Spoken Grammar: why is it important? Michael McCarthy

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Corpus research has revealed differences between the grammar of writing and the grammar of speaking, especially the grammar of everyday interaction. While much of the grammar of English is shared by writing and speaking, the differences show how spoken grammar responds to real-time, face-to-face interaction, with an emphasis on interpersonal choices. These factors are often represented in choices of tense and aspect, in the elaboration or reduction (ellipsis) of the grammar, word order and so on. In this presentation we look at real corpus examples of some of the features that make spoken grammar special and discuss why it should be a central part of the teaching of speaking and communication skills.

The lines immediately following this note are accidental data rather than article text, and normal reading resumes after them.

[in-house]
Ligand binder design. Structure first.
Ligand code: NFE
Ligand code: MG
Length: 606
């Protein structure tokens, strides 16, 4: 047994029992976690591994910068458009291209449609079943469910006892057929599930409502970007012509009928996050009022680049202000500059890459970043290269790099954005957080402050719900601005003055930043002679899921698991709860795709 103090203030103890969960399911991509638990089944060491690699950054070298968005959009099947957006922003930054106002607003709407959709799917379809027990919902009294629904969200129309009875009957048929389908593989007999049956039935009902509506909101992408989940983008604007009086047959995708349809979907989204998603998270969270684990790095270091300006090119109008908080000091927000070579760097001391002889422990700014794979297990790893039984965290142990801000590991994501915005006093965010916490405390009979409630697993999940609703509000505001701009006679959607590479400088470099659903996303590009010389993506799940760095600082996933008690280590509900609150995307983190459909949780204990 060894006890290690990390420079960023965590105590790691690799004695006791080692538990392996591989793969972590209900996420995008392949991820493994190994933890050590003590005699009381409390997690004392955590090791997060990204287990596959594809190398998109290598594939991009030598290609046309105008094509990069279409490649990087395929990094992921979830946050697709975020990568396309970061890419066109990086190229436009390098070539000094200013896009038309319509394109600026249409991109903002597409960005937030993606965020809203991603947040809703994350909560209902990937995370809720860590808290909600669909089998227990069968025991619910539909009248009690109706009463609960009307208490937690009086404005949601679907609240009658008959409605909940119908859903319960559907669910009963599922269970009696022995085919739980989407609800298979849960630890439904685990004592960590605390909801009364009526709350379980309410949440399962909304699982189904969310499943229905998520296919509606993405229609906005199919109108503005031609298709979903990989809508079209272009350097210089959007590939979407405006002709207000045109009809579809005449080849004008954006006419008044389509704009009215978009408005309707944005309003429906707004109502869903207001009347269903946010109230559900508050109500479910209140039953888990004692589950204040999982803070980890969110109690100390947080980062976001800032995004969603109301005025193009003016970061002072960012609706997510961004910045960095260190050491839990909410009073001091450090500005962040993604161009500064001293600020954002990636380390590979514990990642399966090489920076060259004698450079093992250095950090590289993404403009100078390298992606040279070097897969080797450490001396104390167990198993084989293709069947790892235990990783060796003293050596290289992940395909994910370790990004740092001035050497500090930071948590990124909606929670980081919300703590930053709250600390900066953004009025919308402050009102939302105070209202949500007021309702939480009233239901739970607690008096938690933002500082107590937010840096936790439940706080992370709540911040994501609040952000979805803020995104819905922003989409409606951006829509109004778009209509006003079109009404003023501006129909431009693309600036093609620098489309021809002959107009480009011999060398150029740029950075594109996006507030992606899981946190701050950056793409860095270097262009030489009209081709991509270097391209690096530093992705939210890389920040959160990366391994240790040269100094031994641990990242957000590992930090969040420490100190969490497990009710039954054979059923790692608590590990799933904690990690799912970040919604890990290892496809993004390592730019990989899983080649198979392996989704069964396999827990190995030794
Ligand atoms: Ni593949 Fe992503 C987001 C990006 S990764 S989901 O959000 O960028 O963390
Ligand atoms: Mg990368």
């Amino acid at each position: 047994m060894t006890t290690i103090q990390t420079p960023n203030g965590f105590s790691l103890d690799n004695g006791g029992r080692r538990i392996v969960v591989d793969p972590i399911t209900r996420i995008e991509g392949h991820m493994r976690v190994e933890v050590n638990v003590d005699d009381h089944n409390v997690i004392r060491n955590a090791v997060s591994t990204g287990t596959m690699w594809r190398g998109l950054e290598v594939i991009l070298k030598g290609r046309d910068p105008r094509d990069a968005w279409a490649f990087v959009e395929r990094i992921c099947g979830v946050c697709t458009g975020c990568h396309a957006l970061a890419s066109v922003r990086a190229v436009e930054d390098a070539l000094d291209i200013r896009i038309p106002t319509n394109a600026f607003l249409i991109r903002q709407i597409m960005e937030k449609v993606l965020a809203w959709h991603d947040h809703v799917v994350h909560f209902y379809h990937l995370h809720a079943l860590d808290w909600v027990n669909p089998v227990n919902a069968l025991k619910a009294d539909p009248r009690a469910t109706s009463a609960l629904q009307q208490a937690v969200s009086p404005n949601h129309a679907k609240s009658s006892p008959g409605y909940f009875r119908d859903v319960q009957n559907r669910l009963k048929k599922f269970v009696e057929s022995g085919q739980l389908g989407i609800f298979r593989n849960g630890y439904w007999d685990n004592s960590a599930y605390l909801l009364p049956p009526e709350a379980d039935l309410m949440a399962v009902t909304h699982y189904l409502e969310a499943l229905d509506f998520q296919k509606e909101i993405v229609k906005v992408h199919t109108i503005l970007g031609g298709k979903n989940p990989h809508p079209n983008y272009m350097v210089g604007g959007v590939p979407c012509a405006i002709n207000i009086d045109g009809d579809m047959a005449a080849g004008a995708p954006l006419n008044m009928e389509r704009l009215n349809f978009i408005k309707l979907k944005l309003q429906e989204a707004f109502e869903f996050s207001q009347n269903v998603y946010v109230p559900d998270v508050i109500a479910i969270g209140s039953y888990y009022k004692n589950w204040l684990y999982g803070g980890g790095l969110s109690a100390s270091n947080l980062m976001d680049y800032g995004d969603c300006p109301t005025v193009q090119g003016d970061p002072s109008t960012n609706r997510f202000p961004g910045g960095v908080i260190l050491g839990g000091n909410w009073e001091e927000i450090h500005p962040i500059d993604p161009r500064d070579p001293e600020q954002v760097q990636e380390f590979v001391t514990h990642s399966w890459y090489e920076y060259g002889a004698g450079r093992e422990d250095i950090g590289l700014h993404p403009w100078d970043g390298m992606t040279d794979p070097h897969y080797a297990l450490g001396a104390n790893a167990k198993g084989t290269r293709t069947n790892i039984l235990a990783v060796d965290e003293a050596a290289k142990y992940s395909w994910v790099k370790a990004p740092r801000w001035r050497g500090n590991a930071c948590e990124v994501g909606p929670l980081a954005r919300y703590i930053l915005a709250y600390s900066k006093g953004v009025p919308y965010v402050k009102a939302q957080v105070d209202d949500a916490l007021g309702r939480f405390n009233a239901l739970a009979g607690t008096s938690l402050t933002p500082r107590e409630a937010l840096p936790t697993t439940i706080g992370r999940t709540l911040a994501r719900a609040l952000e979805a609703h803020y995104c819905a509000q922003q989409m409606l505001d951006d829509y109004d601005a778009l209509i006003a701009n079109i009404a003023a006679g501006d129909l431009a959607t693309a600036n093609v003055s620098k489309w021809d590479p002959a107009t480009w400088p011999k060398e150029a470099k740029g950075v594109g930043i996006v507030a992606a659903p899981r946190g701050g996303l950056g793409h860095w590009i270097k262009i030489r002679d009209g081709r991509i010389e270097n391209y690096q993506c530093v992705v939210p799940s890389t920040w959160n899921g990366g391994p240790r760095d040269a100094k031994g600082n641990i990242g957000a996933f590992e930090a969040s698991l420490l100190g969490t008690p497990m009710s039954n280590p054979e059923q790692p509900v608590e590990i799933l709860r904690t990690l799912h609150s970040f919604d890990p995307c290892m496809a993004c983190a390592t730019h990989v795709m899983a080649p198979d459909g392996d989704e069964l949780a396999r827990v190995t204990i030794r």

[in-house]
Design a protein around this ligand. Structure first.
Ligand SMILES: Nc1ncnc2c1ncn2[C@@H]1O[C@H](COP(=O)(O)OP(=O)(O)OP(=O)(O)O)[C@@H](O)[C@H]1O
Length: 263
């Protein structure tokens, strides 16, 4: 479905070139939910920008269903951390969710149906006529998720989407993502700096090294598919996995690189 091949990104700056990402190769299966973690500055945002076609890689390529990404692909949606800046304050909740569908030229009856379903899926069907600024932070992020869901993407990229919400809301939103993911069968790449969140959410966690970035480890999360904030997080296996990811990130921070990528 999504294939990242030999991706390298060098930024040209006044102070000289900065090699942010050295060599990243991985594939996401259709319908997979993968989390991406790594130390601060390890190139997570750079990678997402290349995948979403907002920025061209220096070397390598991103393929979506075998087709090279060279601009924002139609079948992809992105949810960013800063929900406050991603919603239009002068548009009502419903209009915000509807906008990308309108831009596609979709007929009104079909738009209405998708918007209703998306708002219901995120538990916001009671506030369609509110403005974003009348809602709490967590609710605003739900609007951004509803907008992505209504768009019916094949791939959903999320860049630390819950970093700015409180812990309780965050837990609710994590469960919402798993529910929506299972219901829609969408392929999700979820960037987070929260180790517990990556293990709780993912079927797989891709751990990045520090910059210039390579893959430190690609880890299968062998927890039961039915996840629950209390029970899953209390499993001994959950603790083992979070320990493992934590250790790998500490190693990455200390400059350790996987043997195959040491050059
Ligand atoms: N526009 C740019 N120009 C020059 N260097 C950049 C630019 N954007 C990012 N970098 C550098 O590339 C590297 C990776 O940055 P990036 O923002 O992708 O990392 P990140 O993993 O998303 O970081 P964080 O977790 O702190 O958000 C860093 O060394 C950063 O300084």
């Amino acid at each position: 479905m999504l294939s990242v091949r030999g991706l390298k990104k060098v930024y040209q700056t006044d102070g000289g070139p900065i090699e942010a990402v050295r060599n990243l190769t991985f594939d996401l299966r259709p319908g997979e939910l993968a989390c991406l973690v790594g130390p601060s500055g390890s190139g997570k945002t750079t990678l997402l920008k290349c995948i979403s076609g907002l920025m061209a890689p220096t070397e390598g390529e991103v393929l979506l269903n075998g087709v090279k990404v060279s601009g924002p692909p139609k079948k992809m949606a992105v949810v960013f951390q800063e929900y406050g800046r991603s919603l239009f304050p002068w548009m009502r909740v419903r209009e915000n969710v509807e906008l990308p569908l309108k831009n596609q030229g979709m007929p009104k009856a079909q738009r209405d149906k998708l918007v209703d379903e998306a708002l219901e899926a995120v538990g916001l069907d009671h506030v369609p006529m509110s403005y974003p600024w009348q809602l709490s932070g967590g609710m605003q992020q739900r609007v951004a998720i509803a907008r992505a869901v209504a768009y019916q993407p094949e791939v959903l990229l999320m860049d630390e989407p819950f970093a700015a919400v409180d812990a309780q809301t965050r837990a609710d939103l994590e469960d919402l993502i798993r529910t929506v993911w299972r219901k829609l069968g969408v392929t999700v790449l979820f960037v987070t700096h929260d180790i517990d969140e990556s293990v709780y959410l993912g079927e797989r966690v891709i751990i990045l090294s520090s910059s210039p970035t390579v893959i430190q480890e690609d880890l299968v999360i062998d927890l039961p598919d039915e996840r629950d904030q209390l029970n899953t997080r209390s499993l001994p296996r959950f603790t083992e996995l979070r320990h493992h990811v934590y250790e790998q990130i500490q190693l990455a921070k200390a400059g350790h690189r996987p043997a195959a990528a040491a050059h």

Filmed during the Cambridge University Press ELT ‘Better Learning’ conference, August 2016.